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Netflix Killer? Verizon, Redbox Joint Venture Commences Testing, Announces CEO


The new kid on the video-business block is called Redbox Instant by Verizon.

MINYANVILLE ORIGINAL There has been little news or fanfare since Verizon (VZ) and Coinstar (CSTR) subsidiary Redbox announced five months ago that it would be teaming up to launch a video-streaming service.

Today, however, the first details of the service began to trickle out. We now know the name of the service: Redbox Instant by Verizon as the joint venture's website has just gone live for alpha testing. Yes, it sounds more than a tad similar to its competitors, Amazon (AMZN) Instant and Netflix (NFLX) Instant. Its teaser slogan? "DVDs at the kiosk + instant streaming hits, all in one fist-pumping package."

The joint venture's newly-appointed CEO is Shawn Strickland, who previously served as vice president of Verizon's FiOS division. Media analysts have praised the appointment of Strickland, considered one of Verizon's top executives after his success with popularizing FiOS.

"[It] speaks to how serious Verizon is taking their entrance into the subscription video on demand ('SVOD'), over-the-top ('OTT') video business," said BTIG analyst Rich Greenfield in a research note, according to Deadline. Greenfield did, however, question if Strickland's experience would help in his new job, saying, "FIOS simply paid well-established rates for 'all' broadcast/cable network content, where at Redbox Instant, the task is to source the 'right' content at the 'right' price for a streaming audience."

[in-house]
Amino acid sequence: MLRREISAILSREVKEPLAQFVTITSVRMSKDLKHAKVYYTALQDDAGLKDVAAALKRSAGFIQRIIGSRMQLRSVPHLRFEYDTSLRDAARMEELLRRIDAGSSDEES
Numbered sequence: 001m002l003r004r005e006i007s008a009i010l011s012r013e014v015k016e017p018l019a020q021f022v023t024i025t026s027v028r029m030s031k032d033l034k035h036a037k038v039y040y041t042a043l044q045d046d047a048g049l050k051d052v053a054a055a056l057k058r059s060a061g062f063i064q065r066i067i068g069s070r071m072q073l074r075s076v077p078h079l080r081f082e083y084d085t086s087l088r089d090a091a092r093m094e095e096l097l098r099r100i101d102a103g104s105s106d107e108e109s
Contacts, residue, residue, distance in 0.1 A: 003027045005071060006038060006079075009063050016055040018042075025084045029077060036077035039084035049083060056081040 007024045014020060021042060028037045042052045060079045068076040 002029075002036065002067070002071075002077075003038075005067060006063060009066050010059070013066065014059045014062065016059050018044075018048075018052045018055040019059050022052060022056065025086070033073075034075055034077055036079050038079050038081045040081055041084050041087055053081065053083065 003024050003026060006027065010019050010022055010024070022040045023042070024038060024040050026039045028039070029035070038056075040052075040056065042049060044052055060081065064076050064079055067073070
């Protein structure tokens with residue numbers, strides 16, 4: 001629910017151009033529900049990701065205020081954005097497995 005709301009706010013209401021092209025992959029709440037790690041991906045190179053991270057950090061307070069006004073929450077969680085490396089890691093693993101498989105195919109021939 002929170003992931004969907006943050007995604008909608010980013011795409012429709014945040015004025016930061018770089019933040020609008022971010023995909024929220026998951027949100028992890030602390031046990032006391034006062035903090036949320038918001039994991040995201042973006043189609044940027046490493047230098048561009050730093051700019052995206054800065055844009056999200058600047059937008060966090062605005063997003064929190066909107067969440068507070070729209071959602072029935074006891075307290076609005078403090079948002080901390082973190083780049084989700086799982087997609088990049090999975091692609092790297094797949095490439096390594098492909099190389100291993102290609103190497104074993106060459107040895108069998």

According to Coinstar, the debut of the service is "anticipated later this year," notes Peter Kafka at All Things D. We know that Redbox Instant will be a subscription-based service that offers both physical and streaming content, but we don't know what the subscription rate will be, how the subscription will amalgamate physical and digital content offerings, and whether the focus of the offerings will be TV shows or movies.

Why offer a mix of DVD and streaming content, and not concentrate on one or the other? Coinstar CEO Paul Davis told Fast Company that "consumers made it clear that they like both the physical disc as well as the digital."

"Given the fact that we have approximately 30 million consumers, and that we are [located] where people go every day -- gas stations, convenient stores, supermarkets, drug stores -- the instant access to our discs is a real compelling benefit, versus Netflix, where you put what you want in the movie queue, and then you have to wait a few days and hope it comes. We remove that mystery. We really allow consumers to get what they want on new releases, and then for those who want older movies -- a more catalog offering -- they can get that as well through what we'll be offering as a part of the joint venture."

Based on the details we know, Peter Kafka theorizes that the Redbox Instant by Verizon "is going to be a Redbox subscription offer with a smallish, ancillary streaming service bolted on. Pretty much the way Netflix used to work when Reed Hastings started with streaming a few years ago."

He also highlighted the timing of this joint venture announcement. Coincidentally or not, Netflix is due to report earnings today.

Twitter: @sterlingwong
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